Precious Jesus

"Afresh, precious, precious Jesus, I resign this body to You, for doing or suffering, for living or dying. Will You accept it? Will You use me for Your glory more than heretofore, that You may have some little return for all the benefits You have done to me? Oh, do grant this request; my heart longs for it, my spirit pleads for it; and "if You will, You can." You know the hot temptation of which I am the subject. Bring Your glory out of it, and keep me from the evil, and it shall be well." - Ruth Bryan

Saturday, January 11, 2014

Be wise as serpents


Behold, I am sending you out as sheep in the midst of wolves, so be wise as serpents and innocent as doves. ~ Matthew 10:16


In light of the recent fiasco that labels itself as persecution, I thought it would be good to look into the word and see how one should behave when going out into the world representing Christ and His glorious Gospel. Let's look at some commentary, starting with John Gill, concerning serpents and doves...

"The serpent is a very sharp sighted, cunning creature, and uses various arts and stratagems for its own preservation, and especially of its head; and is so far to be imitated by the followers of Christ, as to make use of all proper methods to preserve themselves from the insults and rage of men, and not expose themselves to unnecessary dangers: and, as much as in them lies, they should be careful to give no just occasion of offence, or irritate, and provoke them to use them ill {emphasis mine}, and to avoid all snares and traps that are laid for them; and, at the same time, maintain the innocence and harmlessness of the dove, being free from all wicked cunning and craftiness, without rancour, malice, and wrath; not meditating and seeking revenge, but meek and humble in their deportment, leading inoffensive lives, and proceeding in the course of their calling, though liable to many insults, and much oppression."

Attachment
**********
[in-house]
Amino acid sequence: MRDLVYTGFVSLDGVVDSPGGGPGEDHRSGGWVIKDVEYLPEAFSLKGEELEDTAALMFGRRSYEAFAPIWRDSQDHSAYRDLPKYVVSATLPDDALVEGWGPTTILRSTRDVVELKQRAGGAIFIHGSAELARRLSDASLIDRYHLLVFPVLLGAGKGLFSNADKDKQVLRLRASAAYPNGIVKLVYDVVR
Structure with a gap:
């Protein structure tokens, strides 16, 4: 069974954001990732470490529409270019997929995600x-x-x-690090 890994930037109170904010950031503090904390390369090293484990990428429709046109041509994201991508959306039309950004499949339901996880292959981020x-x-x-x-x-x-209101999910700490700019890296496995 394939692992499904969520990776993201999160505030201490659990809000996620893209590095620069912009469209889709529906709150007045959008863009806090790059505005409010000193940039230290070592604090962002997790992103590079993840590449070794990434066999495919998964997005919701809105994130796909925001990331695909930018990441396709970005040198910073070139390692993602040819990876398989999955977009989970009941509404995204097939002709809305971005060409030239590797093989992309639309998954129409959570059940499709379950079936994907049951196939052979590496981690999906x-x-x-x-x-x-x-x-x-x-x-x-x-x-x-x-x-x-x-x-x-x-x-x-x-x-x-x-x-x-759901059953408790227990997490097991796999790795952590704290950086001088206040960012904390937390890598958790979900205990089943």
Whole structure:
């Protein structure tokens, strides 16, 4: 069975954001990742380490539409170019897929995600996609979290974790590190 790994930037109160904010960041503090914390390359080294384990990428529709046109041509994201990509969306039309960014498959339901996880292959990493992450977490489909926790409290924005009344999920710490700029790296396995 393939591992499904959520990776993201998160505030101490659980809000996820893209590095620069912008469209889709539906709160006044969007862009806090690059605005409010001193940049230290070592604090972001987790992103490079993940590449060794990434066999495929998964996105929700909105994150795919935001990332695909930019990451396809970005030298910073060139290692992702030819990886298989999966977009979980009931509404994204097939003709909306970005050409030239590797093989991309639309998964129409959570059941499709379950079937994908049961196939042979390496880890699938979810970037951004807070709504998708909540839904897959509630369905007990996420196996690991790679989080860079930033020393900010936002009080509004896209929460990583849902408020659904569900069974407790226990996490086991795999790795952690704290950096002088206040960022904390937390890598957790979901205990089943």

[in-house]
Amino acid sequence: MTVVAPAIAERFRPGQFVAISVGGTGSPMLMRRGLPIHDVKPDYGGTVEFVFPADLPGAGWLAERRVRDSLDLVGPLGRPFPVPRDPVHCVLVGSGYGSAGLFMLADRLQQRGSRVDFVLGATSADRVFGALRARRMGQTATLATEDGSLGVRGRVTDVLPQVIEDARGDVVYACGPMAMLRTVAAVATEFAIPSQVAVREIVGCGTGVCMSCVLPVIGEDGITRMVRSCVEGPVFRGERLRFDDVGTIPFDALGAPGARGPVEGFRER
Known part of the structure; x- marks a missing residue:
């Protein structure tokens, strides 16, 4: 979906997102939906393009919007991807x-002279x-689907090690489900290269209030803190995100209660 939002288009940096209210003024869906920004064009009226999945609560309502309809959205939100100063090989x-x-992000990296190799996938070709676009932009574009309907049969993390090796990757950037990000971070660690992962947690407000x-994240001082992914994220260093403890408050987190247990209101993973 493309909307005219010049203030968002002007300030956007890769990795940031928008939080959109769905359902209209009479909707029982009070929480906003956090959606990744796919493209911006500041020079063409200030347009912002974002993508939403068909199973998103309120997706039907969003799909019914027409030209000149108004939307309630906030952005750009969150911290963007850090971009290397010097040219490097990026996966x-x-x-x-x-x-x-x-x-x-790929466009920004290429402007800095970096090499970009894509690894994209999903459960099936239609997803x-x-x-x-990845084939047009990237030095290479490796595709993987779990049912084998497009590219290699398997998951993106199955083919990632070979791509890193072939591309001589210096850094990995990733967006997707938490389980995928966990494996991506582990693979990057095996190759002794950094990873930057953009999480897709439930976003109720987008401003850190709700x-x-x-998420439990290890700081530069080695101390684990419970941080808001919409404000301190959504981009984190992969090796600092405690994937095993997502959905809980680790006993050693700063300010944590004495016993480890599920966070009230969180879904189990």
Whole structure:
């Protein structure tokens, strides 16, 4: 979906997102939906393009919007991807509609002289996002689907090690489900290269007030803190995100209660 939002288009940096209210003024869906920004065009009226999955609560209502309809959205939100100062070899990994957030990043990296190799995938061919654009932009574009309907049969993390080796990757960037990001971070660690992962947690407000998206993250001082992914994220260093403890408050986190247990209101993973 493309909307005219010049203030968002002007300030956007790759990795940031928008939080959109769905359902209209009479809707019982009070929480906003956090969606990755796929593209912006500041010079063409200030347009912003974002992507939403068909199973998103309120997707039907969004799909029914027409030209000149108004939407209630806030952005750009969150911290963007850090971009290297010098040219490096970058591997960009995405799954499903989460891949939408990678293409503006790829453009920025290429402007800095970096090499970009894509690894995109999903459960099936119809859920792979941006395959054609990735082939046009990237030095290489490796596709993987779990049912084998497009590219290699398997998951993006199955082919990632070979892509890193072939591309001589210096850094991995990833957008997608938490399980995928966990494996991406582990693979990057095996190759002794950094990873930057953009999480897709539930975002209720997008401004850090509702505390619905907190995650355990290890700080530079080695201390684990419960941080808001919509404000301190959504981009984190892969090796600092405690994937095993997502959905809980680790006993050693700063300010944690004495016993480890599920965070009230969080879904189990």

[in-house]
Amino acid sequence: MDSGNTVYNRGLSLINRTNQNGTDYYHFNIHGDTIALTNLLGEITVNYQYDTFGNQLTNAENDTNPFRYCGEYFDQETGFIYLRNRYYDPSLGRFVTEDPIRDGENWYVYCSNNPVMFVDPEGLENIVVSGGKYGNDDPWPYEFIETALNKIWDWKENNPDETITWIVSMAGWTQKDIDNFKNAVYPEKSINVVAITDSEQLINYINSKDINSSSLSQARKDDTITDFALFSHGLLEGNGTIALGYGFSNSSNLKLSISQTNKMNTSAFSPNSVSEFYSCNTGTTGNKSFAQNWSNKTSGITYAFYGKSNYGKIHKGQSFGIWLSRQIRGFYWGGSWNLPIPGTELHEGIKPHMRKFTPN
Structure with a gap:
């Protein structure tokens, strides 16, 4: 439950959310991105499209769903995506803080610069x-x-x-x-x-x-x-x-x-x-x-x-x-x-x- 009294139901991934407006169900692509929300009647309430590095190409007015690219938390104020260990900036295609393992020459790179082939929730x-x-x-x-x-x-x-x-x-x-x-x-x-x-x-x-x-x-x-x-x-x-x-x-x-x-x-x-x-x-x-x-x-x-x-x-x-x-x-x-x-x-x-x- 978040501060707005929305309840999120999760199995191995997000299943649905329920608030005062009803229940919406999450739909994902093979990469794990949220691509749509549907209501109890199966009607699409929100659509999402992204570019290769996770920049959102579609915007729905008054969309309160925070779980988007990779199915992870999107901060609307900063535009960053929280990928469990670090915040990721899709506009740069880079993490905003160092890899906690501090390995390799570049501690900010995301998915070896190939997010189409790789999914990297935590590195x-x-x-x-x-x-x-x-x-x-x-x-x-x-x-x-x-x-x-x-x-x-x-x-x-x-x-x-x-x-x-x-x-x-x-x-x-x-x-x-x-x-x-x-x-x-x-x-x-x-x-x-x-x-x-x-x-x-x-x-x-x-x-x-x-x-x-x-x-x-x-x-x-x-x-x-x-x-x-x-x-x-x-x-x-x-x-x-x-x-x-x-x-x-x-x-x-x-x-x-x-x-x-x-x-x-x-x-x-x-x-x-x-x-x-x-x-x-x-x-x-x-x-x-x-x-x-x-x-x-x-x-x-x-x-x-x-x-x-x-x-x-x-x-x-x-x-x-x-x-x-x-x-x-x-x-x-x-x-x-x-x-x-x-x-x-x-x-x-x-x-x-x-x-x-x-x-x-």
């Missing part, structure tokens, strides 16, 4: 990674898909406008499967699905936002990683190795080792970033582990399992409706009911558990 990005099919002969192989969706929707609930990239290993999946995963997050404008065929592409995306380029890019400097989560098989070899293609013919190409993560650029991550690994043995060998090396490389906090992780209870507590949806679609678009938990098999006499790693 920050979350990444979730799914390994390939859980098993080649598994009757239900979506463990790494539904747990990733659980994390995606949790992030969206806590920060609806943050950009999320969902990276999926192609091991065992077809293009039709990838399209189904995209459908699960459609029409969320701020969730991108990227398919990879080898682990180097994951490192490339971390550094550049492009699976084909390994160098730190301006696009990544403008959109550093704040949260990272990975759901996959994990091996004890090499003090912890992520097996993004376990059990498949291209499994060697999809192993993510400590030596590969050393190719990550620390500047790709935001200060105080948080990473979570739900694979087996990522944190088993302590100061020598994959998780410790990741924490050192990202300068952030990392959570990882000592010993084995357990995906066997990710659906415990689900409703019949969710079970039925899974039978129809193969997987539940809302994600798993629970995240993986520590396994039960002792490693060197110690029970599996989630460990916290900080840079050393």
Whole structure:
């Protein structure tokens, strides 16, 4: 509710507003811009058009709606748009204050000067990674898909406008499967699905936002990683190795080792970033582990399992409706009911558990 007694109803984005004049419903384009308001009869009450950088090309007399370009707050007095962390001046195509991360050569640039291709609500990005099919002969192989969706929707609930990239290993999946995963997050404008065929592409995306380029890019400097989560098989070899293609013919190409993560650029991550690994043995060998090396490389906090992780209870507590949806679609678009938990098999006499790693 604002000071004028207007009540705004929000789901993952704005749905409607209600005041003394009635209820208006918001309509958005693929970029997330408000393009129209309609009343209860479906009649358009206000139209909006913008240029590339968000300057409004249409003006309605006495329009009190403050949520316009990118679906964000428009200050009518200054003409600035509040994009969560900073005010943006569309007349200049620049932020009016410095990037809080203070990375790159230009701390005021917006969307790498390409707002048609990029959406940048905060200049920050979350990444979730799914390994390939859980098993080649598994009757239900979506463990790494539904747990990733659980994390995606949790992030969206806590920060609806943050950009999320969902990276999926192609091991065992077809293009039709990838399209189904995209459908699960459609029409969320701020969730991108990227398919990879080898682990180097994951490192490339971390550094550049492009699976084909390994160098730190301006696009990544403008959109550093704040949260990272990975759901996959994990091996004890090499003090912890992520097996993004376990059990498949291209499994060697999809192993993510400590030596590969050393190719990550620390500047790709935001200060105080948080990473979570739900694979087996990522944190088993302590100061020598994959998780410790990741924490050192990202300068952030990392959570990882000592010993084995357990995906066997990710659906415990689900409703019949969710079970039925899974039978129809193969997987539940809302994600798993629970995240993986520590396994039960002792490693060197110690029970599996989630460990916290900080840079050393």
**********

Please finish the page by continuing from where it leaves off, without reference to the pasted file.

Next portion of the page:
From Jamieson Fausset and Brown...
"Wonderful combination this! Alone, the wisdom of the serpent is mere cunning, and the harmlessness of the dove little better than weakness: but in combination, the wisdom of the serpent would save them from unnecessary exposure to danger; the harmlessness of the dove, from sinful expedients to escape it. In the apostolic age of Christianity, how harmoniously were these qualities displayed! Instead of the fanatical thirst for martyrdom, to which a later age gave birth, there was a manly combination of unflinching zeal and calm discretion, before which nothing was able to stand."

From Albert Barnes...

"Serpents have always been an emblem of wisdom and cunning,
Gen_3:1. The Egyptians used the serpent in their hieroglyphics as a symbol of wisdom. Probably the thing in which Christ directed his followers to imitate the serpent was in its caution in avoiding danger. No animal equals them in the rapidity and skill which they evince in escaping danger. So said Christ to his disciples, You need caution and wisdom in the midst of a world that will seek your lives. He directs them, also, to be harmless, not to provoke danger, not to do injury, and thus make their fellow-men justly enraged against them. Doves are, and always have been, a striking emblem of innocence. Most people would foolishly destroy a serpent, be it ever so harmless, yet few are so hard-hearted as to kill a dove."

There is a right way to engage the culture, may we all seek to do it as it is written.


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